Tuesday, April 27, 2021

Mikey Clarke Thinks YEC is American Protestants Only, Austin Middleton That Heliocentrism was Proven by Parallax (or he thought so, at least)

Mike Hartigan took me for a Protestant · I don't take Francis Marsden for a Catholic · Mutually Small Respect with Susan Kelly · Mikey Clarke Thinks YEC is American Protestants Only, Austin Middleton That Heliocentrism was Proven by Parallax (or he thought so, at least) · Own Answer, Same Question

Mikey Clarke
April 20
Lived in New Zealand
The pope now accepts evolution. What consequences will follow? I see the universe and us created in 6 days will now come under question and the consequences from this acceptance being the collapse of faith?

The Pope accepts evolution?

I’m no expert on this stuff, but I’m fairly sure the notion that Christians should oppose evolution is almost exclusively an American Protestant thing. That’s where the young-Earth creationists hang out, isn’t it? Nothing to do with Catholicism.


Hans-Georg Lundahl
“That’s where the young-Earth creationists hang out, isn’t it?”

Check Robert Sungenis with DeLano, check Tom Zimmer, a pauper pilgrim I met in Rome, check Kolbe Center for Creation Studies, check alternative popes like Pope Michael (the one I accept), or the Palmarian line (which I for a while accepted first claimant of).

And check 19th C. Roman Catholic actual writers.

Or while Hilaire Belloc may not have taken a stand, check his comment in Return to the Baltic that the Ice Age ended very closely before the beginning of the Christian era, since he didn’t trust science to know it exactly and he did trust mankind to invent ships as soon as a habitat like Denmark is available.


Michael James Gentry
April 21
So called "Intelligent Design". Evolution with The guiding hand. It took the Church centuries to apologize for Galileo, showing again that there is always a caveat to the acceptance of science.

Austin Middleton
Galileo was (eventually demonstrated to be) correct, but his work did not support the conclusions he made, specifically regarding parallax; his lenses weren’t strong enough to take the measurements needed, but that didn’t stop him from making evience-based claims without the evidence. The Church was right — and scientifically rigorous — to condemn his work for being substandard and overreaching.

Above was
answered twice, a and b.


Michael James Gentry
Galileo was charged with heresy by "qualifiers" of the Inquisition and church officials, not with promoting unsupported science.


Hans-Georg Lundahl
“Galileo was (eventually demonstrated to be) correct,”

When, how, by whom?

Austin Middleton
You mean, when was it proved the earth revolved around the sun?

Hans-Georg Lundahl
22h ago
Yes, exactly.

Some anti-Church would have it Copernicus or Galileo proved it.

You obviously disagree, and so do I.

So, on your view, when was it proven that the earth revolved yearly around the sun and daily around itself? And how and by whom?

Austin Middleton
21h ago
My understanding of astronomy is incomplete and is not my expertise. However, I believe the complaint about Galileo’s evidence was the interstellar parallax, which would exist if the earth orbited the sun, could not be demonstrated with Galileo’s instruments. FW Bessel was able to offer evidence of a parallax shift of 61 Cygni in 1838.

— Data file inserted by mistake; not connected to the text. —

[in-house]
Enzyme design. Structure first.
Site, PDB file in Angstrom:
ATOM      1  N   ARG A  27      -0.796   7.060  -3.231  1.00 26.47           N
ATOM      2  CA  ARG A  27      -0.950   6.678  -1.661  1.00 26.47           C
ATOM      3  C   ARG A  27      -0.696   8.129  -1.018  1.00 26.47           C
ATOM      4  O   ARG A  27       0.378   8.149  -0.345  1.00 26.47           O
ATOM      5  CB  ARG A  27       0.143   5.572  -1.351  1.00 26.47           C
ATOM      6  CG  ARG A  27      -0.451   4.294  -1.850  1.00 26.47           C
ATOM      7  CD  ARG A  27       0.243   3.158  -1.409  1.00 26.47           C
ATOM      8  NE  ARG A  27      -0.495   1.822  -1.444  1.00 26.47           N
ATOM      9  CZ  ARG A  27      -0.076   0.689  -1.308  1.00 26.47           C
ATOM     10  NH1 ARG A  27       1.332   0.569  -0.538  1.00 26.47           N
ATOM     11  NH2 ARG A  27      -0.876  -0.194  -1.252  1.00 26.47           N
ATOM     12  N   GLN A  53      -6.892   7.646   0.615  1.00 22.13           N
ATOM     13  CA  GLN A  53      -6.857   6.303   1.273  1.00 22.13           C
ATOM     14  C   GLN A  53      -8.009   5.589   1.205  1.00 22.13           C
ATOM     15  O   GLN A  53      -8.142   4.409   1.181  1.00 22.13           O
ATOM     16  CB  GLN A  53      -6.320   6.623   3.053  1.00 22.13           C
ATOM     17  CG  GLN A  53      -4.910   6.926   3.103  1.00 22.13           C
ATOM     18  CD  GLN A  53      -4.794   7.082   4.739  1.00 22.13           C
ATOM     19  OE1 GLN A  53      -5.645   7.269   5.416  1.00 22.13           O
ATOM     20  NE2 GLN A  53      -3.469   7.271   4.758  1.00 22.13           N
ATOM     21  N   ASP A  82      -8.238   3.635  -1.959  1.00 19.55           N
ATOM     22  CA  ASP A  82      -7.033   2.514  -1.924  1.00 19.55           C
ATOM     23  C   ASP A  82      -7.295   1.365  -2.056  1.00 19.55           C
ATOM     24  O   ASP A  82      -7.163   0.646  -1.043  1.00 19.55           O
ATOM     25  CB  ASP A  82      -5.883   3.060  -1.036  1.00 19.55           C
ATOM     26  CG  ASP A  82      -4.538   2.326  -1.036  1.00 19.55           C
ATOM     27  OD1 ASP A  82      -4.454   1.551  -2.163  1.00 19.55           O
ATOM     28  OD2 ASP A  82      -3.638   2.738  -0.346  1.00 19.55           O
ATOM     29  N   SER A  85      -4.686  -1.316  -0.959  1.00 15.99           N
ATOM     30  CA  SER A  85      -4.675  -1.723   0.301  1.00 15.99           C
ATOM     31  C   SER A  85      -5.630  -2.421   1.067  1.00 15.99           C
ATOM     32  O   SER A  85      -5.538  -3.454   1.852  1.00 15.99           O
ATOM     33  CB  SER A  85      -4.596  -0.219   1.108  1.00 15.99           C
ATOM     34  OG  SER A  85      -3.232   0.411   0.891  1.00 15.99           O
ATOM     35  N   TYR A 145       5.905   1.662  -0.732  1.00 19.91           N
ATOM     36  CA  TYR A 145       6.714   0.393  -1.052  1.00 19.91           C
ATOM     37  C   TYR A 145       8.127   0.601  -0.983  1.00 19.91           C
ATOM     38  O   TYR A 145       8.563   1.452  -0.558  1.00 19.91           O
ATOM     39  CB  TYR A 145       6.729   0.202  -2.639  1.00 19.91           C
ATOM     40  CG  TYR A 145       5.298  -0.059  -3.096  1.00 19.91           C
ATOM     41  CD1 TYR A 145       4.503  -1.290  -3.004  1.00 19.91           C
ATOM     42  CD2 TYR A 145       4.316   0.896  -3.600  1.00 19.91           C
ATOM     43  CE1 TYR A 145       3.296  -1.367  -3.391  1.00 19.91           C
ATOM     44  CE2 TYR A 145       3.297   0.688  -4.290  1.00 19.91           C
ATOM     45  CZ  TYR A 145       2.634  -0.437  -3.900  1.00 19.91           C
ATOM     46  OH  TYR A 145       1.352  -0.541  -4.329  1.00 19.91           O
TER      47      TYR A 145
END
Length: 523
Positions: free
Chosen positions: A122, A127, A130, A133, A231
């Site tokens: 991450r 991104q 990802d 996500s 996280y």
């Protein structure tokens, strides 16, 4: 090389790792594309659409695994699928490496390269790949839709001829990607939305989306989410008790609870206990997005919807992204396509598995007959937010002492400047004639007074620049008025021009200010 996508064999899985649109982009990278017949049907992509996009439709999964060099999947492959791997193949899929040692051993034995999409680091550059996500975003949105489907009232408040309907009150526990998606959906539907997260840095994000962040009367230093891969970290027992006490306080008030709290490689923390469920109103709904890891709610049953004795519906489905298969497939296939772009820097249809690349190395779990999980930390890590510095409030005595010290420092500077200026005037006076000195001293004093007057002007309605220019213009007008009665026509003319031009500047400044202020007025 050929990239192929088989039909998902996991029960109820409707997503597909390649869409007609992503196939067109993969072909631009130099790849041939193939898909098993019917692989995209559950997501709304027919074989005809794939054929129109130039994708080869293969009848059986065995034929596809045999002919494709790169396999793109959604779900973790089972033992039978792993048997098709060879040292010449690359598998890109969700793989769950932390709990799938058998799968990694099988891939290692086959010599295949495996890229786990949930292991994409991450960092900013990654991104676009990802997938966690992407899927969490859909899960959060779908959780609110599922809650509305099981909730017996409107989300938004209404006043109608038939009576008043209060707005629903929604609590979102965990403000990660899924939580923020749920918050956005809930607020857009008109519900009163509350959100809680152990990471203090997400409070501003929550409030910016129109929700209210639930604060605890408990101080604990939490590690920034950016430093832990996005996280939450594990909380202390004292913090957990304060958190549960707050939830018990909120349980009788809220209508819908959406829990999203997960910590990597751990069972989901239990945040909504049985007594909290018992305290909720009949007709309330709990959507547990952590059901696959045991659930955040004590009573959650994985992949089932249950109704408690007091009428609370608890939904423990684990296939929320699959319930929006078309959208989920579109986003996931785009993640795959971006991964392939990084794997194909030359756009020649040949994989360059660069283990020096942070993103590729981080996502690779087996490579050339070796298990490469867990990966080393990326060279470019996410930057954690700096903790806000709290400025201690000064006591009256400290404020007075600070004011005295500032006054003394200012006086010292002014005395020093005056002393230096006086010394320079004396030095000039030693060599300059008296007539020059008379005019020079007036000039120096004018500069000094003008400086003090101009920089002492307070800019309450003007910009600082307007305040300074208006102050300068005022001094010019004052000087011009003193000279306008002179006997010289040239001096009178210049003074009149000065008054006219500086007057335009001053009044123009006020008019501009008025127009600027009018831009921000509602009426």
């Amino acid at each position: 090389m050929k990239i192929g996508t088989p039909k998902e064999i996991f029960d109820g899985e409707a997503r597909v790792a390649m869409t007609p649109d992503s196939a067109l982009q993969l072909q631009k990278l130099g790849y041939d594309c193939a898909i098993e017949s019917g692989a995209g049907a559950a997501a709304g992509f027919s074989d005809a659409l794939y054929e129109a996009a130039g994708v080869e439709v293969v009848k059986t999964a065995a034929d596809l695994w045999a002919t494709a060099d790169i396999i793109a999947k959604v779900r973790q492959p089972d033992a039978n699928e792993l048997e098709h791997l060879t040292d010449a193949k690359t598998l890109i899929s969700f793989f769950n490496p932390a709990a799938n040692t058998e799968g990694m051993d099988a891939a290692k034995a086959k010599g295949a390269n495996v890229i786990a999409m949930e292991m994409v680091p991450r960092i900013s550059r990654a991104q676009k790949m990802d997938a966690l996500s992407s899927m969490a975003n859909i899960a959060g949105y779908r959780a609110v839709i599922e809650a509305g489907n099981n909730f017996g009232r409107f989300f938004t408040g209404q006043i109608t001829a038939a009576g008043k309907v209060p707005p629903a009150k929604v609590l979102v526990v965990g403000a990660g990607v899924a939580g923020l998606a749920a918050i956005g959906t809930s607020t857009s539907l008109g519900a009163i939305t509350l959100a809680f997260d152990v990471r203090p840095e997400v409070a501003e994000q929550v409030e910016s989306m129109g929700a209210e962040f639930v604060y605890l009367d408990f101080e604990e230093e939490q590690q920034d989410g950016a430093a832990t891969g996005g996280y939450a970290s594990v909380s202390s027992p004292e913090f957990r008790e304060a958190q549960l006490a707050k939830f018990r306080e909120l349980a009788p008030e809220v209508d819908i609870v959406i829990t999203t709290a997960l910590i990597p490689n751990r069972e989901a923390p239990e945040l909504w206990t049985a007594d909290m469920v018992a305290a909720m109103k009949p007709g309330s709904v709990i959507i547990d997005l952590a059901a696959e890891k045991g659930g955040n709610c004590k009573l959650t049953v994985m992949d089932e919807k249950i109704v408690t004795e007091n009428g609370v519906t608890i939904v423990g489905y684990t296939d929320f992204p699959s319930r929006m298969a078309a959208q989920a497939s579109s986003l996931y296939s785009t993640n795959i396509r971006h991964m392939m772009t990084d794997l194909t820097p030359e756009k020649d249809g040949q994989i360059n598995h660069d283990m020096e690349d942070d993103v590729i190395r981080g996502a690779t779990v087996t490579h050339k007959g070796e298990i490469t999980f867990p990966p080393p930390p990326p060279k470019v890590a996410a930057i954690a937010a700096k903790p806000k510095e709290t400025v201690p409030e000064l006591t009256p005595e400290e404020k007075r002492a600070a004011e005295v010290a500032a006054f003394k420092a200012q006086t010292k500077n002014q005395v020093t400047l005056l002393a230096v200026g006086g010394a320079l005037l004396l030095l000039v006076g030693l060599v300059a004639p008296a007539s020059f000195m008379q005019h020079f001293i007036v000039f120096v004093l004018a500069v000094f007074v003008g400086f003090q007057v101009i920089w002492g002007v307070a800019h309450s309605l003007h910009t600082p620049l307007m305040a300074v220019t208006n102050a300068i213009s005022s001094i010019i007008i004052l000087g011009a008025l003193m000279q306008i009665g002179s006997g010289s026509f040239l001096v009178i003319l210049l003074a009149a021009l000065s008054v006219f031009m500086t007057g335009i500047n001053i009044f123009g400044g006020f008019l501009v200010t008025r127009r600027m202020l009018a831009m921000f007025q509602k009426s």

Hans-Georg Lundahl
21h ago
Ah, but the parallax Galileo and Bellarmine were talking about would have been fairly equal across the sphere of the fix stars - Pisces being sp much larger in September as Virgo in Mars.

Both took non-planet and non-comet and non-moon celestial bodies to be one sphere above all of the “solar system objects”.

Now, as the Bessel phenomenon did not show that, does it really prove Heliocentrism? Or, to put it in another way, is it really incompatible with Geocentrism?

Austin Middleton
16h ago
Let me check my astrophysics degree…

… nope, I don’t have an astrophysics degree.

I don’t know if you’re a geocentric apologist or what, but my knowledge of astronomy is limited, and am not interested in an inquisition (ha) on its rigor.

If you’d like to make statements about Galileo or Bessel and the parallax that the Church was unconvinced by, please do, but continued questions won’t get much from me: I am outside of my field.

Hans-Georg Lundahl
Just now
Ah, yes, I will.

Galileo and Bellarmine were discussing the parallax of (the sphere of) fix stars. Bellarmine : “we don’t see it”, Galileo : “that’s because they are too far off”.

Bessel could look further, and didn’t find any parallax of the sphere of fix stars. Either he found parallax of some especially close stars (not sure if he found more than 61 Cygni, but off the hand I think so) or he found a proper movement that is not parallactic.

Like Bradley either found a larger shift (against which “parallax” is measured) that was due to different aberration of star light, or he found a proper movement not due to it.

With stars moved by angelic movers, such proper movements are perfectly plausible.

Therefore neither proved heliocentrism.

No pope was convinced of heliocentrism according to a direct statement of as high dignity as an encyclical before Vatican II, at which point at least the ensuing “popes” (of which the last three were heliocentrics) are disputed.

Pope Leo XIII adressed the subject in an oblique and ambiguous way in Providentissimus Deus, Pope Benedict XV used a subsidiary clause of agnosticism on the matter in a short one dedicated to Dante, In praeclara summorum.

Pius VII took Settele off the index, but did not oblige Anfossi to renounce Geocentrism. Gregory XVI took even Galileo off the index, but did equally not oblige geocentrics to become heliocentrics.

As far as I know, neither of these even said directly in so many words that heliocentrism may licitly be believed.

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